An underrated hallmark of any midfielder – also an intangible one – is the ability to cope with pressure, when there are a bunch of players around you. Composure, combined with grit and determination to simply burst out of a bad situation and turn it into your favour, is far from a common trait. Combine that with a creative spark matching Phillipe Coutinho’s, and the recipe seems to suit Jürgen Klopp down to the ground.

He makes 2.1 key passes per game – equal to that of the want away Brazilian in Liverpool’s side – and more than both Naby Keita and Adam Lallana (with whom he’ll inevitably be compared.) And he scores too – making late runs into the box on a regular basis. All but one of his goals last season came from first time finishes.

As a creative link in midfield, combined with the ability to move and press – and vitally not being a static option who’s only good at one or two things – the German seemingly fits the bill. He’s also got a knack for dribbling, able to skirt past players with quick feet. While not in the seismic realms of Naby Keita’s dribbling ability, it is at least comparable to Phil Coutinho. Demirbay’s not got Phil’s fleet feet, but is quicker, and more dogged.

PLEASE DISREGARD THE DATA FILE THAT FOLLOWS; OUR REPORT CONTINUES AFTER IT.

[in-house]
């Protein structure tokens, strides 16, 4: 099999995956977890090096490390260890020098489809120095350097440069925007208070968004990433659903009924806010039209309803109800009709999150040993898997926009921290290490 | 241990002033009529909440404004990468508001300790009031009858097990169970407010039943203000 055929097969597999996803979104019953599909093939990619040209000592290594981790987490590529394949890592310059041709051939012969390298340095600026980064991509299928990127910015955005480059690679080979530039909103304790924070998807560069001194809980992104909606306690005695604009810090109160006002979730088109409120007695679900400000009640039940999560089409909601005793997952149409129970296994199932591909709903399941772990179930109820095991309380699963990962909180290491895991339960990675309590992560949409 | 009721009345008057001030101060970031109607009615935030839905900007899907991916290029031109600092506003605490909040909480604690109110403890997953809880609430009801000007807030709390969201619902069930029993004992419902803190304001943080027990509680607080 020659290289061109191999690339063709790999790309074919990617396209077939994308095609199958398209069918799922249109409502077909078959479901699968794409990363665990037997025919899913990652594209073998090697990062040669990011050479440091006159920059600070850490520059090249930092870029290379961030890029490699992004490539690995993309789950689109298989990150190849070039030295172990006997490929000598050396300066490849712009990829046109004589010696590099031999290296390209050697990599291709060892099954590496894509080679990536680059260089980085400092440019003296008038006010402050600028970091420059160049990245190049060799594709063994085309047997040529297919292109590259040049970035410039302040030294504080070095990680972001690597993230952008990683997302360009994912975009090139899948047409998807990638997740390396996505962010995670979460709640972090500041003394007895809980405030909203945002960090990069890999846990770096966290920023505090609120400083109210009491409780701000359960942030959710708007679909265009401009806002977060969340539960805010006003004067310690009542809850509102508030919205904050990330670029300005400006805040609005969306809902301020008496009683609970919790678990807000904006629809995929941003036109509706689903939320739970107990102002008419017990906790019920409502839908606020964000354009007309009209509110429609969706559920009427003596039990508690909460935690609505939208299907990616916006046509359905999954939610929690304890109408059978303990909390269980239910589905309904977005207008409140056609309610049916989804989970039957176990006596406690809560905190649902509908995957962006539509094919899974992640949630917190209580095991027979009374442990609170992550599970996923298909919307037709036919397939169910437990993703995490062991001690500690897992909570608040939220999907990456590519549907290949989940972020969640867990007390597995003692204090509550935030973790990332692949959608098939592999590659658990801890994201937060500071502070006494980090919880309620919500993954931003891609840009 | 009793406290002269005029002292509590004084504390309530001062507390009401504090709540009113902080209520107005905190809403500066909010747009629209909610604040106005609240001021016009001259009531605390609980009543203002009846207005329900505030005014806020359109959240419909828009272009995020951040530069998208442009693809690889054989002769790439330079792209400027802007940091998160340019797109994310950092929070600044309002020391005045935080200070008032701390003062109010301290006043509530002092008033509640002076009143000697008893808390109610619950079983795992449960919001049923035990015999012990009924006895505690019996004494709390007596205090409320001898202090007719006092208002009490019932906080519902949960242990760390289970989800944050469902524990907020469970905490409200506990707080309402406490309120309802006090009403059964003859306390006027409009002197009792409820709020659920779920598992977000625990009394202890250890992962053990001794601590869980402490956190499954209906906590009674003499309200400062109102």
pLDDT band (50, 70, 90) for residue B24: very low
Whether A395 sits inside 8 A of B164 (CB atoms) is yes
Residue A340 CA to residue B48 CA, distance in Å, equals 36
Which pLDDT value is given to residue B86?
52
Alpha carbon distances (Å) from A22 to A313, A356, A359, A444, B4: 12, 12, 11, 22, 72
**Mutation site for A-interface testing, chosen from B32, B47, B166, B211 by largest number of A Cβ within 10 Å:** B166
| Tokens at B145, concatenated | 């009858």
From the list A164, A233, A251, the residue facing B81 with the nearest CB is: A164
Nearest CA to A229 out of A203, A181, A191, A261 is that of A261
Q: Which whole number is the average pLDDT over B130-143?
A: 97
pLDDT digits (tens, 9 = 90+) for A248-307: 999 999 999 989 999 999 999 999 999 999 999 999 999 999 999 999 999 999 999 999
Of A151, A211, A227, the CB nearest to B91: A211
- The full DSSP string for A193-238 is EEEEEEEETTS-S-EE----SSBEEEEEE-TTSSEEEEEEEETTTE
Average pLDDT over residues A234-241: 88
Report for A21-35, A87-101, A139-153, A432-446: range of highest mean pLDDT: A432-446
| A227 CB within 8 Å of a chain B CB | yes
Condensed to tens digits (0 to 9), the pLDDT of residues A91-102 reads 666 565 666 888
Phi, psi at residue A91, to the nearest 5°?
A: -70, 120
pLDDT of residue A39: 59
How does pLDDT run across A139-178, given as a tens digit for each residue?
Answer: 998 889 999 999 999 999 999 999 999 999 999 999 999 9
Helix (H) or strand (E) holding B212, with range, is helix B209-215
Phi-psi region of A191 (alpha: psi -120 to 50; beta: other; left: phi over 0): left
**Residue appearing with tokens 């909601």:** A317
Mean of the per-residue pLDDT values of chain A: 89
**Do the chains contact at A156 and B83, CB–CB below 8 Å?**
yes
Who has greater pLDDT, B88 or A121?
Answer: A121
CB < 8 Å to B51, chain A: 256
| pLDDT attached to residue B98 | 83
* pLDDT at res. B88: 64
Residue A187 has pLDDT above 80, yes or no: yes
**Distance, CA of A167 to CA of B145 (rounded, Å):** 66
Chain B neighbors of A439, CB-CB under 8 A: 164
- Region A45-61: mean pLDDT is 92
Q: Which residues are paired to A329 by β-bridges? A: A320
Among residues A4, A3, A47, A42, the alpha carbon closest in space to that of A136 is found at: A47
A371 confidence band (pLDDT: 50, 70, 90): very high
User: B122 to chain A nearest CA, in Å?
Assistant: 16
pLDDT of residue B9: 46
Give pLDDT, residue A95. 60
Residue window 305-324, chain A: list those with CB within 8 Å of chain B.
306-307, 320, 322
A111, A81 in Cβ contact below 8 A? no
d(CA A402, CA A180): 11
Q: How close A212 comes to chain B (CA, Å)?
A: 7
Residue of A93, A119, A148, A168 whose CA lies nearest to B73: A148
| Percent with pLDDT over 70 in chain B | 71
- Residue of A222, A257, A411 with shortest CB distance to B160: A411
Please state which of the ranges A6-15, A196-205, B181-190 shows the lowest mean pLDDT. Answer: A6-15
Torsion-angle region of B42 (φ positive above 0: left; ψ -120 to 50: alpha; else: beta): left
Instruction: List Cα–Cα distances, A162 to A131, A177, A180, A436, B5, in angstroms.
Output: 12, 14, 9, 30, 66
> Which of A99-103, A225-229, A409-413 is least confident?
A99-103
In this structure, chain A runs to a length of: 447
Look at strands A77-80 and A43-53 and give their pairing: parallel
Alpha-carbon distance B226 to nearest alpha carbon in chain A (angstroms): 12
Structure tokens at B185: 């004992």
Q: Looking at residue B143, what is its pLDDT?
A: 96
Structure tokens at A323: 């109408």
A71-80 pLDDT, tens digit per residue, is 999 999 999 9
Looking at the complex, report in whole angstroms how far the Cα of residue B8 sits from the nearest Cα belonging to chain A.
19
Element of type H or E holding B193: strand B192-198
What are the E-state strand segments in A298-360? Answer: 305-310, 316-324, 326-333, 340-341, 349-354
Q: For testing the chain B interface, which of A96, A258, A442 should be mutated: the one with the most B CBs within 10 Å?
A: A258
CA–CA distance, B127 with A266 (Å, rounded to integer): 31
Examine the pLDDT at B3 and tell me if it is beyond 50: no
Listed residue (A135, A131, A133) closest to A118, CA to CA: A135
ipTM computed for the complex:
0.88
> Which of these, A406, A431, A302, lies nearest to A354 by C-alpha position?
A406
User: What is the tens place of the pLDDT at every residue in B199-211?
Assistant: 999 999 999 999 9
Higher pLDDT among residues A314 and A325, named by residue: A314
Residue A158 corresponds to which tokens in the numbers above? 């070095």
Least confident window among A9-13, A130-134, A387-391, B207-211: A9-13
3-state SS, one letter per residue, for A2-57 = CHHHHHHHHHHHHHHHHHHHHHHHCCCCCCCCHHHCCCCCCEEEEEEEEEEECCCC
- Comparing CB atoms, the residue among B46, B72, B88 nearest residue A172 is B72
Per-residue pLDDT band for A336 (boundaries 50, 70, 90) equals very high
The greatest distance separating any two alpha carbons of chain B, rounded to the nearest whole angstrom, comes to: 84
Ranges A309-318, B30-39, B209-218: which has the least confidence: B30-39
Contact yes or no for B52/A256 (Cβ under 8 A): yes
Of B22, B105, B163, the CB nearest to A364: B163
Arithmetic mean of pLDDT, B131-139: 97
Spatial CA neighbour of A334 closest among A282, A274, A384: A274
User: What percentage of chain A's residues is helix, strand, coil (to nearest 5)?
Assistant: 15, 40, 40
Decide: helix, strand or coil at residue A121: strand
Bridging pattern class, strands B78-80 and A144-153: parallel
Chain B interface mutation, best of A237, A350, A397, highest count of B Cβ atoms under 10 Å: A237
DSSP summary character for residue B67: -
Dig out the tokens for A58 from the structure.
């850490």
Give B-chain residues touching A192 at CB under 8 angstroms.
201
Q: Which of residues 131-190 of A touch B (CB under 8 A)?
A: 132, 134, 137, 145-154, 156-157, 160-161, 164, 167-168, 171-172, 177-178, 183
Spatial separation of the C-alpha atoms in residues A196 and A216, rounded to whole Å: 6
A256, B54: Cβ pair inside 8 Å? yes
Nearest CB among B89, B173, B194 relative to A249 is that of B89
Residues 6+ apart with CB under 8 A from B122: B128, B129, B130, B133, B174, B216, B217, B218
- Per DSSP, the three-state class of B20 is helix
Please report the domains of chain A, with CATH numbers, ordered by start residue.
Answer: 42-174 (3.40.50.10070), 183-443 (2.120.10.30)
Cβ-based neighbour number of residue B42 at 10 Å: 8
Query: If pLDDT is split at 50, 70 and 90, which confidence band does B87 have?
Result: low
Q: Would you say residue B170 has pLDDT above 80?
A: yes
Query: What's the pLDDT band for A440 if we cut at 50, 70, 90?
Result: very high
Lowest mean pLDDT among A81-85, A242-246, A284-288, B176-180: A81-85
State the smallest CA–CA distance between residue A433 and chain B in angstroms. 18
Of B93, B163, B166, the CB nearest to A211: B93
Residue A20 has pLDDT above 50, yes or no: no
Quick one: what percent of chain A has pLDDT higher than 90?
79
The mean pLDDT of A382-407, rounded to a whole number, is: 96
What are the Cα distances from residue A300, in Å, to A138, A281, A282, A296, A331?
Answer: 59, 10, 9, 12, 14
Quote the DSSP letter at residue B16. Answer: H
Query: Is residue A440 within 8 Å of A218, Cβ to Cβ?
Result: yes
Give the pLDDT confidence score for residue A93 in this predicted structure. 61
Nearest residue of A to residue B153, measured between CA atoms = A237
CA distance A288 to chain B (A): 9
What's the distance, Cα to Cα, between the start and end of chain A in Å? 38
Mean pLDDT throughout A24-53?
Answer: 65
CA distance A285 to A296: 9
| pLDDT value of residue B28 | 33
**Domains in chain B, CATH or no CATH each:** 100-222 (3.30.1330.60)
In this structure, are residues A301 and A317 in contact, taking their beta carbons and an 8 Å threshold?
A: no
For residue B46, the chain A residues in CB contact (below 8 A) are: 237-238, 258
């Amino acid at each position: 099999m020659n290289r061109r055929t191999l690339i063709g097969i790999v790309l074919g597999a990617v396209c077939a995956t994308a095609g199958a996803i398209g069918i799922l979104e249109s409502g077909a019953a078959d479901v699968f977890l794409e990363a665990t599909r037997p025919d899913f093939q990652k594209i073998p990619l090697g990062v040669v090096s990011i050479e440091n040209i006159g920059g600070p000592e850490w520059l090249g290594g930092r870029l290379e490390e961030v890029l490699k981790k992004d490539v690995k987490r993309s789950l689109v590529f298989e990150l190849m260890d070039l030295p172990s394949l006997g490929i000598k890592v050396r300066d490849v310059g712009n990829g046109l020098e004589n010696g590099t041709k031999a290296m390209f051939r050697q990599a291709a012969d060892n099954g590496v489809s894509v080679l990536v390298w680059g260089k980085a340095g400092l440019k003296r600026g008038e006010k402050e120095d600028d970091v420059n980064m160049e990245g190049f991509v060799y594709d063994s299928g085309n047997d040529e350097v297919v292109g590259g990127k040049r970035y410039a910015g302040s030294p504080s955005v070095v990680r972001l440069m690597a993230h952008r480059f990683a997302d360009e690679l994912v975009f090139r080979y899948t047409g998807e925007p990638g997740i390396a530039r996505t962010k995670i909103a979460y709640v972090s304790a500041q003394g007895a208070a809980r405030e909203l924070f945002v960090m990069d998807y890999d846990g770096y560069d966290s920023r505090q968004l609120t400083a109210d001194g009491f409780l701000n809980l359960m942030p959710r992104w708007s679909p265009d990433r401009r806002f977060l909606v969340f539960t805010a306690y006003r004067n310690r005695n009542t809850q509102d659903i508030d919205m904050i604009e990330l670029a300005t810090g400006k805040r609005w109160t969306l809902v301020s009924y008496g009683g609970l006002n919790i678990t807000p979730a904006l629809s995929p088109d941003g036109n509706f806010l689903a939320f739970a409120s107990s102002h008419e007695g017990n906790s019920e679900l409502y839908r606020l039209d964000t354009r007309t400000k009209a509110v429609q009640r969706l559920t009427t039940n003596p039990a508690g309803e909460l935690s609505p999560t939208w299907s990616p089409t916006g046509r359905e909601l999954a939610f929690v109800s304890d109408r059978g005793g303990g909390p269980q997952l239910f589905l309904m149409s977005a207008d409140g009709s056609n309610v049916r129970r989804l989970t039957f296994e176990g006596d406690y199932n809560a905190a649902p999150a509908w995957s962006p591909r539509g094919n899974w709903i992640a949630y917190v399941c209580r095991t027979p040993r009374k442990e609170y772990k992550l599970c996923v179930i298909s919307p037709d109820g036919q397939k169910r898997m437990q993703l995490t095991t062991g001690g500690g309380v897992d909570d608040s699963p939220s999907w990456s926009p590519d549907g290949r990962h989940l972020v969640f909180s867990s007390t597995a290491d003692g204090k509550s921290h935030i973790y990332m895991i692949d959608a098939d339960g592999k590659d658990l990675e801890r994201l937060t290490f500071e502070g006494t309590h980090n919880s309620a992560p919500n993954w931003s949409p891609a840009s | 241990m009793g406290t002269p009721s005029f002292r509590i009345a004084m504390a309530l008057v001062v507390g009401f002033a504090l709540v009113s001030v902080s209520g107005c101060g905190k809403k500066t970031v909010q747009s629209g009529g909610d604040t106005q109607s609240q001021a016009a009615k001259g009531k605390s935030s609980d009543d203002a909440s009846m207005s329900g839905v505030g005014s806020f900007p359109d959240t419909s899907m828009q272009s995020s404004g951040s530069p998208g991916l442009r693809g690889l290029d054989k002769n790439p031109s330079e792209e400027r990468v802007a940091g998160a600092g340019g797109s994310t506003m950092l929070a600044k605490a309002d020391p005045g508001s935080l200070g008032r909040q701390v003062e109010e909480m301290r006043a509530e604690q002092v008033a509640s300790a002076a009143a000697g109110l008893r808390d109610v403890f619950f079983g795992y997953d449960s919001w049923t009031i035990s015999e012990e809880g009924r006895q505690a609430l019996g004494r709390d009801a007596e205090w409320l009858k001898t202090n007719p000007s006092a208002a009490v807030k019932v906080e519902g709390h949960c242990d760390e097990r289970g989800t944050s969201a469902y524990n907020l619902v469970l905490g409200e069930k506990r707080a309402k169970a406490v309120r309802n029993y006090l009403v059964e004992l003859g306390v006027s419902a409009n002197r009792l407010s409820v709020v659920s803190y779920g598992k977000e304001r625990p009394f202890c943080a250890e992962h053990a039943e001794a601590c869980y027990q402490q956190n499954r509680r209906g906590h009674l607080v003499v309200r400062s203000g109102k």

When he’s afforded space, you can be sure he’ll drive into it. But he’s not just an all-out attacker who’s carried by having three centre backs behind him and a stable midfield. He contributes to his side’s defensive stability – often the instigator of presses in the middle of midfield. His off-the-ball work is part of the reason he moves around so much, like Keita, as is his footballing brain. He makes more tackles (2) per game than both Coutinho and Lallana, too.

That presence, combined with the combinations he’ll make alongside Firmino, Manѐ and Salah, is a tantalising prospect indeed.


He scored six times, yes, but his goals all came patches, scoring 3 goals in 6 games in the first half of the season, and then 3 goals in 2 games during the final stretch of the season. He also should’ve scored more, given a lot of chances that came his way, but with better service, perhaps he’ll find the net even more.

Then there’s the topic of adaptability, and the common trend that is midfielders finding it difficult to penetrate parked buses that rock up to Anfield looking to frustrate. Going from a quick, counter-attacking side like Hoffenheim means he’ll suit the big games to a tee, where the opposition actually wants to come out and play football. But against the lower echelons of the Premier League, there may be some frustrating days. Then again, he may be the creative spark that sets Liverpool’s front three alight. It’s simply too hypothetical to tell properly.

What is true is that Demirbay is a German, all-action midfielder who suits a high press and contributes goals and chances from deep.

Sounds like a pretty good fit, then.